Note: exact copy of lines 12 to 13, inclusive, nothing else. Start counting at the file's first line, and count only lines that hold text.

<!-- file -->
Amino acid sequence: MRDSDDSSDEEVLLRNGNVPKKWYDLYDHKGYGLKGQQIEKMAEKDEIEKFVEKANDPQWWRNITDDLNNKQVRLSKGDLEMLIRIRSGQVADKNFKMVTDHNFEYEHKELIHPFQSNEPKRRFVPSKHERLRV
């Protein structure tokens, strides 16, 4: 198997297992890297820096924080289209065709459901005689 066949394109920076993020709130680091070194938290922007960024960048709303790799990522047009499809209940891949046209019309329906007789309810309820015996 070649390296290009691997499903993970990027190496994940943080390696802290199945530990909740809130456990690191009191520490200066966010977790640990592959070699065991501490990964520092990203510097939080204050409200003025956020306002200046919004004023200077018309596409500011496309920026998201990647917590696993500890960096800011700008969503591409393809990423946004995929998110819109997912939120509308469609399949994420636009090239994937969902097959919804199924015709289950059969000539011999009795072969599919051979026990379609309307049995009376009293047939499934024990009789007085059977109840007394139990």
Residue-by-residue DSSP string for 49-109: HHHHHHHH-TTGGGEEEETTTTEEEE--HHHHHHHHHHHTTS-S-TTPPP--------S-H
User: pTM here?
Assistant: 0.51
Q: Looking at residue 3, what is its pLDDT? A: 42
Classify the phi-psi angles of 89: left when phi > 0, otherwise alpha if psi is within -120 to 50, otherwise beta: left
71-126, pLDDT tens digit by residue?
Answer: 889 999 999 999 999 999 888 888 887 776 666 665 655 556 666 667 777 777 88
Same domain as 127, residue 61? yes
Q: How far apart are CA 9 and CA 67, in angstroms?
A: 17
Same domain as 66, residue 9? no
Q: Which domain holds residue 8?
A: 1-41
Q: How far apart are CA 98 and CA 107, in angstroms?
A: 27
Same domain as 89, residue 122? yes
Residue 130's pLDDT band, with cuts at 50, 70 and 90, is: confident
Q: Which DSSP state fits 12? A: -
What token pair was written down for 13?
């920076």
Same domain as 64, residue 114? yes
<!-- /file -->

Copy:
A: 17
Same domain as 66, residue 9? no